When Instincts are Ignored
By William "Mike" J. Johnson, JD
Our instincts of self-preservation and “common sense” protect us from many hazards. This article illustrates what can happen when those instincts are absent or ignored.
The plaintiff, a middle-aged diabetic female, presented to a family practice physician for the primary purpose of obtaining medication for her diabetes. This was her very first time to visit this practice and this physician. During the visit, she also asked the physician to examine a small, pimple-type lesion on her buttock. She was diagnosed with cellulitis, skin ulceration, skin abscess and diabetes. Neither a culture of the lesion nor a blood sugar level were obtained. She was prescribed Bactrim, Silvadene and medications for diabetes and pain. She was scheduled for follow-up in fourteen days and told to return if the lesion worsened.
The communications that took place during those fourteen days are disputed between the physician, the office staff, the patient and her husband. The husband says he spoke with the physician and told him her condition was worsening and that she was out of antibiotics and pain pills. According to the husband, the physician refused to treat her. The physician maintained his only communication with the husband was related to giving a refill of pain medication. The physician’s staff denied that the patient called requesting either an earlier appointment or to advise the physician that her condition was worsening.
When the patient presented for the two-week follow-up, she had extensive areas of gangrene affecting the gluteal area. She was emergently admitted to the hospital where she underwent surgical debridement and began a lengthy course of treatment, including a diverting colostomy. The patient and her husband sued the family practice physician. The complaint alleged that the physician failed to properly diagnose the patient’s condition, failed to obtain a culture or blood sample, failed to re-examine the patient sooner and failed to prescribe additional antibiotics.
In this case, the patient presented with a small skin infection that progressed to a life or limb-threatening gangrenous infection, yet neither she nor her husband made any meaningful effort to secure medical help from this physician or any other medical provider. Her husband agreed that the wound increased in size and severity and emitted a putrid odor. He went so far as to purchase a walker for her as the infection made ambulation difficult. The most basic and routine biological functions were compromised due to the location of the infection and may have exacerbated the infection. She had to be transported on her side to the scheduled appointment, as she could not sit in the vehicle. The patient denied any responsibility for neglect of her own medical condition and explained that she “trusted” the physician and did not see a need in going elsewhere for medical care. Incredibly, the patient stated that after the first office visit she did not look at the wound again.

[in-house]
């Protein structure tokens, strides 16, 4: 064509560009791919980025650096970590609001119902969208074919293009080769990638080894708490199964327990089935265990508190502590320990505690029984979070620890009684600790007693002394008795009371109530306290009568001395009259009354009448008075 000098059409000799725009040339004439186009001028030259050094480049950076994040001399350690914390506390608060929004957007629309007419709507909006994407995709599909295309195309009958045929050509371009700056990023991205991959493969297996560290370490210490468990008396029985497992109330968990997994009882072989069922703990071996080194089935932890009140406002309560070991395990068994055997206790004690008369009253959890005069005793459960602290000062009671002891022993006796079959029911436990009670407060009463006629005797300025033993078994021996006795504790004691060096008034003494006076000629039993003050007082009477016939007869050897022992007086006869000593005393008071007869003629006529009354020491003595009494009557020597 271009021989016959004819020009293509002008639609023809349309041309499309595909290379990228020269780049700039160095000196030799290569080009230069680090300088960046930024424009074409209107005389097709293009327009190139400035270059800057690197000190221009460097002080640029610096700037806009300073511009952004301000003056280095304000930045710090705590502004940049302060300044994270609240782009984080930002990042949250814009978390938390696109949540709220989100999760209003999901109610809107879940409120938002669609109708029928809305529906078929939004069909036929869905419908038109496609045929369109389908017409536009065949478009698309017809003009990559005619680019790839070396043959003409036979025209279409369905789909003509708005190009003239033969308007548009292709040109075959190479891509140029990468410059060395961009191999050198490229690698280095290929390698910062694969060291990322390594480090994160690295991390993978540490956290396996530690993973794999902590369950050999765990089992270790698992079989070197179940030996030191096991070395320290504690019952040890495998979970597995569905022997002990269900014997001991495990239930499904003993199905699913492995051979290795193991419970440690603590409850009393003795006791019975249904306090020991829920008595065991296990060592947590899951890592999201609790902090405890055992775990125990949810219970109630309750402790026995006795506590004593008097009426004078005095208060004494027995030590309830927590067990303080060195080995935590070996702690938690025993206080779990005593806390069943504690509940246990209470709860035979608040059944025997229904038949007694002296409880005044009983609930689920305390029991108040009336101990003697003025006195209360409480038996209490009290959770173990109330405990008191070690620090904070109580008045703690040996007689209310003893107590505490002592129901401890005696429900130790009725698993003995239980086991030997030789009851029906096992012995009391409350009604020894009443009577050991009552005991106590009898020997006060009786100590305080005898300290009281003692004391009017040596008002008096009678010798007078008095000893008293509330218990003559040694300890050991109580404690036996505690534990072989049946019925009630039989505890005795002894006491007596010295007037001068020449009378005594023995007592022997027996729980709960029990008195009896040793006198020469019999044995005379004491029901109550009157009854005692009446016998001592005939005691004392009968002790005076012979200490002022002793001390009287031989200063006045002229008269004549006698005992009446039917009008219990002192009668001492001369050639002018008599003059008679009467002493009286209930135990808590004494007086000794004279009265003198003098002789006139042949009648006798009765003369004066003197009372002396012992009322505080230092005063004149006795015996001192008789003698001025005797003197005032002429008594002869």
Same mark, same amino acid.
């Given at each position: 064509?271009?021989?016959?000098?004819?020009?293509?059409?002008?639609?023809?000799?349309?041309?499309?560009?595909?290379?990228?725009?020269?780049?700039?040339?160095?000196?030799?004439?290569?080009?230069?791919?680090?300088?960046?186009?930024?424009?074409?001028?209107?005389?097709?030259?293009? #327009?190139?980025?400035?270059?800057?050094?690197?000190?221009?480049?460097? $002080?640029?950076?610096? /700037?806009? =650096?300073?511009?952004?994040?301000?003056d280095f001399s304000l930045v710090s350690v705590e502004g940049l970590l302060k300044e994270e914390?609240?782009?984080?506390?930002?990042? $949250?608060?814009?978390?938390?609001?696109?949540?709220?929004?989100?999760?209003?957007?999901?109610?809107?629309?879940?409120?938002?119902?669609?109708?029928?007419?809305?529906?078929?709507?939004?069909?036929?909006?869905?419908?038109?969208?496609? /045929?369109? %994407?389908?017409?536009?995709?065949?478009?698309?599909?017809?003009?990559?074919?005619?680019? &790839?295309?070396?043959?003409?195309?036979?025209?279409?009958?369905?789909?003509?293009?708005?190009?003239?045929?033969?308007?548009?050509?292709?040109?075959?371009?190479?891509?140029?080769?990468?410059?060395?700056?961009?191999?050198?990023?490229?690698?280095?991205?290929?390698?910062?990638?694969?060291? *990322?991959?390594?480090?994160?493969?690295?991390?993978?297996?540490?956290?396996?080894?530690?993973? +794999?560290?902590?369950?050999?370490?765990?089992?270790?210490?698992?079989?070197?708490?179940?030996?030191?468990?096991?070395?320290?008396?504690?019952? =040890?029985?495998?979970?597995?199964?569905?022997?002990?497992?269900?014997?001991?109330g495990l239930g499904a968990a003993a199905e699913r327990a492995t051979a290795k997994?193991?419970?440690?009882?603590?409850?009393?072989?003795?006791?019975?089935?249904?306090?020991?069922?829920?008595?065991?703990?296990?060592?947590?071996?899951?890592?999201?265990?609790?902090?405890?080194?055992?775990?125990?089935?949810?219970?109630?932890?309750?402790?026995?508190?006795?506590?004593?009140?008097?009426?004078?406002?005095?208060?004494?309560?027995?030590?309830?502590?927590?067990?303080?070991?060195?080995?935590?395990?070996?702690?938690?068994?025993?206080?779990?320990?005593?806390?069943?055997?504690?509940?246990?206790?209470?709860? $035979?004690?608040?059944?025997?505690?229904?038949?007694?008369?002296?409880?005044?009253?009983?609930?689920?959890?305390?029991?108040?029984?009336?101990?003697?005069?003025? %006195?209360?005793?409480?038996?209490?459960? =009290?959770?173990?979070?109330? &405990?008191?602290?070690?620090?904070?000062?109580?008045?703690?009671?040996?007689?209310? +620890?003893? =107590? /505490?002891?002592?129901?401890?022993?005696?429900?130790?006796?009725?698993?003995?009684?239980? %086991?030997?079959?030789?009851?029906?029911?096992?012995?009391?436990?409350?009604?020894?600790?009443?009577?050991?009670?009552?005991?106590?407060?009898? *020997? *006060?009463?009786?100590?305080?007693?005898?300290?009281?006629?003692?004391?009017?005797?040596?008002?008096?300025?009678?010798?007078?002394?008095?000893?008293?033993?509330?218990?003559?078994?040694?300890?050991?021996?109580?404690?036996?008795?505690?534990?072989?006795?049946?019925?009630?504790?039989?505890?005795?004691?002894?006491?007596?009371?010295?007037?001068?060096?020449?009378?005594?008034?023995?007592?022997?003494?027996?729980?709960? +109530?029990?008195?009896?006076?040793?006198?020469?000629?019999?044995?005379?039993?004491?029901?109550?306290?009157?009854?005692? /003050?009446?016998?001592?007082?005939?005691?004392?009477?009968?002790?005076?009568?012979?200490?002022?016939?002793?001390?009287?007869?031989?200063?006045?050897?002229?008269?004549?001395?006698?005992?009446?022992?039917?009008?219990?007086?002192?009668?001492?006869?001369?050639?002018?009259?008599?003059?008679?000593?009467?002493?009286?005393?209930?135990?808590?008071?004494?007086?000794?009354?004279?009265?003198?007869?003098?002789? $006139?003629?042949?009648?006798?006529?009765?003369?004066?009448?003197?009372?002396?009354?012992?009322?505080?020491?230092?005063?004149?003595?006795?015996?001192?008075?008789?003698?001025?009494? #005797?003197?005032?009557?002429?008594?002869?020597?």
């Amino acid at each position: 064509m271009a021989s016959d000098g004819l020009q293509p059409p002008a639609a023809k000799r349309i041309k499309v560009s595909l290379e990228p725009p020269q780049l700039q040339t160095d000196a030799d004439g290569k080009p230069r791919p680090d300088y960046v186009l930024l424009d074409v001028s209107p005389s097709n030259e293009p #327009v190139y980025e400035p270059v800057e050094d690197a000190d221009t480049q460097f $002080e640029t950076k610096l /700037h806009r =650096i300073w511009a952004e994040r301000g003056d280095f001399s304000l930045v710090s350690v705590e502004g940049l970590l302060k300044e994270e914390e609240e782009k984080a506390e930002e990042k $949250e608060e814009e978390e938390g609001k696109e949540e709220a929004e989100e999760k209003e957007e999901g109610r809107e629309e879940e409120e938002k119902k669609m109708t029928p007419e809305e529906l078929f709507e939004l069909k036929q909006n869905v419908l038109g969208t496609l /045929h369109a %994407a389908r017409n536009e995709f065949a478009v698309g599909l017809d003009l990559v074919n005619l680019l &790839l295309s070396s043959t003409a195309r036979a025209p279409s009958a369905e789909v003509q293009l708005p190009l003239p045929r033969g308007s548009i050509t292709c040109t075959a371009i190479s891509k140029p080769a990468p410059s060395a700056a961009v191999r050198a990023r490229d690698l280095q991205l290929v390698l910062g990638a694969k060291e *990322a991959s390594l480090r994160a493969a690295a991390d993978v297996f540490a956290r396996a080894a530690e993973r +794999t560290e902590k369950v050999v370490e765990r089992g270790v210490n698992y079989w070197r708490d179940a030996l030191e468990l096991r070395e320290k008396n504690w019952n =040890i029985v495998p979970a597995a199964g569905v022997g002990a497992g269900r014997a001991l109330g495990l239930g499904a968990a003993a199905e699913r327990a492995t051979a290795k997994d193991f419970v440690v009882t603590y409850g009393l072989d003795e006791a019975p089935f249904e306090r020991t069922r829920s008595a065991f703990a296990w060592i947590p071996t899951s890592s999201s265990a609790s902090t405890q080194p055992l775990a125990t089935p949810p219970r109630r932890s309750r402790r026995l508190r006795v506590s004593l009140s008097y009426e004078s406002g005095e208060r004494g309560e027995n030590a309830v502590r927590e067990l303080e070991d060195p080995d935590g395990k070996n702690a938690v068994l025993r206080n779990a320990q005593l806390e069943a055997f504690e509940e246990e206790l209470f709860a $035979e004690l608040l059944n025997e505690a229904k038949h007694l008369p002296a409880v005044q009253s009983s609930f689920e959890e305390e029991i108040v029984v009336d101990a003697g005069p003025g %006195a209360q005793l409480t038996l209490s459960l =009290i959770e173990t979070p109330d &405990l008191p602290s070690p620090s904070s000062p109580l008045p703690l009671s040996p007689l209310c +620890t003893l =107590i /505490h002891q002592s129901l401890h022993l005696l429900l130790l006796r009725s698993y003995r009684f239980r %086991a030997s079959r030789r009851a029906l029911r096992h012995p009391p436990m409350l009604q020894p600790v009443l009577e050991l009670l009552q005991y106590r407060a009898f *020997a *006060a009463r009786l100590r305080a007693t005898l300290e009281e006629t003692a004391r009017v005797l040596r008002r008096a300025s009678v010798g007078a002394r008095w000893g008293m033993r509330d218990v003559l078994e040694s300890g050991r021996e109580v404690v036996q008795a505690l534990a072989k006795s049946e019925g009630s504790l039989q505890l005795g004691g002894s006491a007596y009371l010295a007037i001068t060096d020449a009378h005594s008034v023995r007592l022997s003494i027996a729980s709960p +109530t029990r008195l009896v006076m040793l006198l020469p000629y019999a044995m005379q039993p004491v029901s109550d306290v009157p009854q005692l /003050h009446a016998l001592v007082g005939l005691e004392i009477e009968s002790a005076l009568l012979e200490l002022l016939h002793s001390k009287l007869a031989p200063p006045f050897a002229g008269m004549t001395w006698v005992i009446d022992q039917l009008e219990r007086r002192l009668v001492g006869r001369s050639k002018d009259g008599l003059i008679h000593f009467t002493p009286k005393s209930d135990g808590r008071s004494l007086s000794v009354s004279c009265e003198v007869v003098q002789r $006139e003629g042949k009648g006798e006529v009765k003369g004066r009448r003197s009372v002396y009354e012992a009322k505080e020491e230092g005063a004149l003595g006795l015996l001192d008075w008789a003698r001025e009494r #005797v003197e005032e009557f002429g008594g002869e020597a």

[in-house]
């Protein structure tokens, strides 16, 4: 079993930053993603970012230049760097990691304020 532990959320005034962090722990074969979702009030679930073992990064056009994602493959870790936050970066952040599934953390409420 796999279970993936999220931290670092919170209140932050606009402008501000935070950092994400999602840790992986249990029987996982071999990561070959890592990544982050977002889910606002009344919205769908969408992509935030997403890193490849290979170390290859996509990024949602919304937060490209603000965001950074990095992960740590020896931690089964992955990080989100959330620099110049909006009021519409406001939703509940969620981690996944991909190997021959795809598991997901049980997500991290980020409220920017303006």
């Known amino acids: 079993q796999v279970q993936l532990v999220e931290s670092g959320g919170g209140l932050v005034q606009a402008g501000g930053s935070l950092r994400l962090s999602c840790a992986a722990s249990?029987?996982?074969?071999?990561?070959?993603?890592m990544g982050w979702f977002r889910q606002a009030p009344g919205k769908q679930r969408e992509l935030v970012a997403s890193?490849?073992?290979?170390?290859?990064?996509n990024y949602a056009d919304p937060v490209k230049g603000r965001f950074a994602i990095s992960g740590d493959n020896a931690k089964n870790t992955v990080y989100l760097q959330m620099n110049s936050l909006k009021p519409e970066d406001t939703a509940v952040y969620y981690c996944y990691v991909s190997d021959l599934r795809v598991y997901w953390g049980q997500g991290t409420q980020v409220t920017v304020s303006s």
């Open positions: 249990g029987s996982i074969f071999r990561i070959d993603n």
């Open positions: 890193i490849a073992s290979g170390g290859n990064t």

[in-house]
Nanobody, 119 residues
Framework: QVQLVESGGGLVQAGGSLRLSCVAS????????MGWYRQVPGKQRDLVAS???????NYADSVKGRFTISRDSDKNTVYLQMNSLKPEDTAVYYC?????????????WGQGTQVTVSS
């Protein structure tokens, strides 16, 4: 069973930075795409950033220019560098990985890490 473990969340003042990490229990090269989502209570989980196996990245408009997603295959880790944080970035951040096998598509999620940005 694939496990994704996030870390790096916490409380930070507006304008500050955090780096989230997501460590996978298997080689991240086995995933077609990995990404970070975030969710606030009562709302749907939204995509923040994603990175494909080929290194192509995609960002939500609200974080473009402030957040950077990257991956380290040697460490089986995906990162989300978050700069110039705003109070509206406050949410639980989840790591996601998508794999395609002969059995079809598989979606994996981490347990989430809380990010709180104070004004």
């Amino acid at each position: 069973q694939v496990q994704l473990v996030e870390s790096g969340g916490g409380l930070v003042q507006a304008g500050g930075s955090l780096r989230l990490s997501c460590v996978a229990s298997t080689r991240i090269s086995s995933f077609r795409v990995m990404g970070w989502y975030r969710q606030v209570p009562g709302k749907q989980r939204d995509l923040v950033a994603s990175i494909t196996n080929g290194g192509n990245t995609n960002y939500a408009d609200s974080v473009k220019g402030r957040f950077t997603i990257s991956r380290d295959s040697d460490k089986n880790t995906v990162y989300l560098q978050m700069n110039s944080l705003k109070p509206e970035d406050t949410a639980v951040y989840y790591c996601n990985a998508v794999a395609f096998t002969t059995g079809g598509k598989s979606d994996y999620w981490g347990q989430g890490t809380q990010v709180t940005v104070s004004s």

We may never know why the plaintiffs failed to get medical help in the face of such a horrifically deteriorating condition. Did the physician have any warning signs of her deteriorating condition? Possibly the request for more pain medication signaled that the infection was not improving. The physician maintained that he had no idea that the patient’s condition deteriorated to this extent.
While it is more common that a patient may neglect a latent, subtle or hidden condition, in rare circumstances patients may neglect their own care when the danger, as here, is obvious. Under similar circumstances, we offer some risk prevention suggestions:
- Clear, easy-to-understand documented instructions help protect the patient and the physician. Is there a particular risk that merits a special warning? Here, the patient was more susceptible to a worsening infection due to her diabetes and the location of the infection.
- Does a patient’s concern over cost cause the patient to refuse certain tests or make a patient reluctant to obtain follow-up appointments? If so, consider getting the patient to execute a Refusal of Treatment form (available here) or make other appropriate documentation.
- What does the “new” patient’s history tell you about the patient? Is the patient reliable? Who was the previous physician? Why is the patient no longer going to the previous physician? Is the patient seeking your full care and expertise or coming to you only to get a prescription or for treatment of a specific problem?
Lawsuits often involve disputed allegations concerning communications with the physician’s office. In your practice, are all calls documented? Is advice given by phone being reviewed and authorized by the physician? Are after-hours calls and calls received and made by a covering physician being documented? Some elements of this documentation should include:
- The date and time of the call.
- The direction of the call (the patient calling in or the physician’s office calling the patient).
- The names of those involved in the call.
- The nature of the call, and any orders, instructions, or information given.
Thorough documentation that supports the physician’s appropriate medical care may help to head off a lawsuit in the event the patient’s instincts of self-preservation are simply not what they should be. In fact, in any medical malpractice case, good documentation can only increase the chance of successfully defending your care.
At trial, this physician received a defense verdict. The jury concluded that the physician and his staff were credible and that their actions in caring for the patient were appropriate.
The contents of The Sentinel are intended for educational/informational purposes only and do not constitute legal advice. Policyholders are urged to consult with their personal attorney for legal advice, as specific legal requirements may vary from state to state and/or change over time.